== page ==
So, for all intents and purposes, this is a list of elements that make a book one that I would love to read at this particular phase in my life. It is the type of book I’m attempting to write. So if you are like me, and enjoy young adult type fiction with the following elements, then you’re my target audience. If not, we may relate on some other level or stage of life, so maybe I’ll catch you later.
The List (for now)
Mystery: Curiosity-is-peaked type of book. It leaves you guessing how it’ll play out. Then when it begins to resolve, you may have had an idea of how it would end, but then you are blown away (I love the Mrs. Pollifax books by Dorothy Gilman).
Suspense: The ‘just one more page’ syndrome that leaves you up, if you aren't careful, until 2 am reading the last page. This was my thought at a certain point in Only the Good Spy Young: ‘Noooo, he’s going to blow himself up so the Circle can’t have him!’ (Yes, I actually forced myself to turn off my Kindle at that moment in the book because it was 2 am, and I had a 7 am wake-up call from my kids.)
Interesting, developed characters: I like to know things about the characters from the things they experience. I like to see them encounter challenges. Somewhere I read once said the litmus test for an essential character is: do they have fears? do they have motivations? Do they have goals? I tend to think that this is good, but they need obstacles to those elements. Put your character through something hard and see what they do. It might surprise you…ahem, okay, so I strayed a little bit from what I like about a book to writing characters. But basically, I like a well-developed character, (and here I go again, commenting on writing...) but I struggle writing developed characters…why? because my life view is formed by ONE character: me. So it is hard to metaphorically "get inside their heads" and see what motivates them. I want to experience a real character: one that I would want to meet on the street…or be glad I won't ever meet on the street.
A twisting, engaging storyline: I like to go along with the character on an unbelievably exciting journey to some end. The journey isn’t predictable, isn’t told up front, has surprises along the way (minimal flashbacks), has twists and turns that you didn't expect, and gets resolved at the end.
Romance: When I say romance, I’m not saying steamy scenes where immoral and offensive lust is played out in detail & slapped with the romance label. When I say romance, I say, in the words of one of my good friends, I like the “first blush of romance” books as well as those who show true, lasting love. I love to see the connections between men and women because I believe that romance is an essence of life. It is important because the relationship of a man and woman in the family is the bedrock of our society. Men and women are completely different in how they view one another. But in their very differences, they complement and can uplift one another. A relationship guarded by restraint, respect, and true love (the kind of love that endures 2 am wake-up calls from a sick child or late nights at the office, the kind I think of every time I hear Just Another Day in Paradise by Phil Vasser) is beautiful and provides the greatest happiness in this life. The counterfeit of this love brings the greatest misery and hardship. True love is something beautiful. It is essential. I like to see the proper manifestation or beginning of this love (aka clean romance) hailed in books. It’s a great and integral part of the happy life. I think that is one of the reasons why I like clean regency romance. (for example, Edenbrooke or Blackmoore by Julianne Donaldson)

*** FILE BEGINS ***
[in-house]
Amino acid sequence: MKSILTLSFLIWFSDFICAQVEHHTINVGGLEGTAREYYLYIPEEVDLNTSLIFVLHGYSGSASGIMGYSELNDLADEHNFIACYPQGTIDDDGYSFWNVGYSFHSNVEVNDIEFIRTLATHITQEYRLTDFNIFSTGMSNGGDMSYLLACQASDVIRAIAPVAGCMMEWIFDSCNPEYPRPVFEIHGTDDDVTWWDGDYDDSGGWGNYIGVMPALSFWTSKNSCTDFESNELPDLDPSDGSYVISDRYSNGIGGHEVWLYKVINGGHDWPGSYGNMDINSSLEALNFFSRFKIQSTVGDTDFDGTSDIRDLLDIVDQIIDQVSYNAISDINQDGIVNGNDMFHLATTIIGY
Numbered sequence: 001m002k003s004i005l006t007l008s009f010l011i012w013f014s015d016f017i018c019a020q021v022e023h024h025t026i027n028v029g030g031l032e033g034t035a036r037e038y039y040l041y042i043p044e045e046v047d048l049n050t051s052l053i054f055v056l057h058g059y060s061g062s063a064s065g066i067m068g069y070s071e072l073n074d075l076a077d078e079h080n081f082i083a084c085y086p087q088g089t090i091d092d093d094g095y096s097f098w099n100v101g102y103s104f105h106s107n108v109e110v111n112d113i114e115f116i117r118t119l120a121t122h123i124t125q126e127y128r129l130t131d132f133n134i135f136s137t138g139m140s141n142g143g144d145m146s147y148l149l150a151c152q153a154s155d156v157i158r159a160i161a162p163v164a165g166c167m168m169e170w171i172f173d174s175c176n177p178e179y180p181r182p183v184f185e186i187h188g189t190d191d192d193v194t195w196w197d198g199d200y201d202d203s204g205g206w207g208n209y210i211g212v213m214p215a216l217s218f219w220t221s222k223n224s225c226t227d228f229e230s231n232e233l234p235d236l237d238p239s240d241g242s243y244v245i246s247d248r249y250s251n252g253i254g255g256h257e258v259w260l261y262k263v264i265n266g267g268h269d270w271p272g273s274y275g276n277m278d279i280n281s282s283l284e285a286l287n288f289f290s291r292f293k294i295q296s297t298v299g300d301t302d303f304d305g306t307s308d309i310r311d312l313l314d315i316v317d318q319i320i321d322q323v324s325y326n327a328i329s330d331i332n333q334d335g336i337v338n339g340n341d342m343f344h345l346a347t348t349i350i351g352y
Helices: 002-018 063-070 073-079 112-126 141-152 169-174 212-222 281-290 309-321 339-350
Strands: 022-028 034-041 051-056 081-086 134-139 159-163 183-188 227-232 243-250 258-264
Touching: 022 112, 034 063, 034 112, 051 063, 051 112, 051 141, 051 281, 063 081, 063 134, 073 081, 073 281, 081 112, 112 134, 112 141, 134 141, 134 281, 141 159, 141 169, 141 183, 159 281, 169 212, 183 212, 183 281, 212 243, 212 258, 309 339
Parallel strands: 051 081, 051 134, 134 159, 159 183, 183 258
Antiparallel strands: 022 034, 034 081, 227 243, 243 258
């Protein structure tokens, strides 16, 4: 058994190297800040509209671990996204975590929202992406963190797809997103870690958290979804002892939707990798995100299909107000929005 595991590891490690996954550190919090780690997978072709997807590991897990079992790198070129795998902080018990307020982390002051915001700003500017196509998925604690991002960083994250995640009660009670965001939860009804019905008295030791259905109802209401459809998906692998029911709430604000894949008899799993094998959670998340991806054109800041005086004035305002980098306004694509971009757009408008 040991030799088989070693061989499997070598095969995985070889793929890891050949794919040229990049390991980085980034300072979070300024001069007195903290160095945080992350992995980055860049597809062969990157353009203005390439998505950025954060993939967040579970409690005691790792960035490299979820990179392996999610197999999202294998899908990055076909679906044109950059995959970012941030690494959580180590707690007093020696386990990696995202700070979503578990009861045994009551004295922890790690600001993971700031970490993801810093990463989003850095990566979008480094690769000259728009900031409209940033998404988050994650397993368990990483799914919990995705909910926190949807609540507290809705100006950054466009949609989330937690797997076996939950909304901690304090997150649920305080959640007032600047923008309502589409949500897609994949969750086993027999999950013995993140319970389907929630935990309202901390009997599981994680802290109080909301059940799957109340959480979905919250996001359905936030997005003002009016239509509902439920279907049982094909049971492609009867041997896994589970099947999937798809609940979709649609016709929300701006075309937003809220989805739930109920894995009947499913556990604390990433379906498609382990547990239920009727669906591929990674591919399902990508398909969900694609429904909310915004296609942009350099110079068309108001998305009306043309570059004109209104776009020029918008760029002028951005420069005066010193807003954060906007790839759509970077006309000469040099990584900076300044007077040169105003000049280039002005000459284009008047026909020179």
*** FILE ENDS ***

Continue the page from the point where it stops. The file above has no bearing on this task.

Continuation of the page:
Morally Sound: The lines of right and wrong are there. I believe that this life is not morally relative. So I do not prefer books that say right is wrong and wrong is right. Don’t get me wrong: I love books that make you think and dig deep. I just don’t want to consume something that proclaims moral relativism.
The Message: It has one. If it is just to make you smile, love some essence of life again, or some world changing revelation of truth, whatever it be, I want to be uplifted. I want a positive message that leaves me with hope. I love a book that has an amazing, entertaining plot and story line, but at the end leaves you thinking not only about what you read but what it reveals about life, even your life.
Symbolism: I love books that have imagery or symbolism that compliments the plot or message of the book. For example, Charlotte Bronte’s use of windows in Jane Eyre. Whether or not imagery/symbolism was intended by the author in a book, the meaning I discover while reading or thinking about it, thrills me.Background Description: I do not like long, drawn out descriptions of scenery or background. I like the background imagery and detail to be like basil in tomato soup. Just enough to give it flavor.
Dialogue vs Narrative: Both elements are important in a book. However, I find that I prefer dialogue driven books. The books that show through character action/interaction what the book is about, rather than telling through description. This may sound contradictory: dialogue=show, narrative=tell. I love the author who uses action/events to say something rather than just describing it.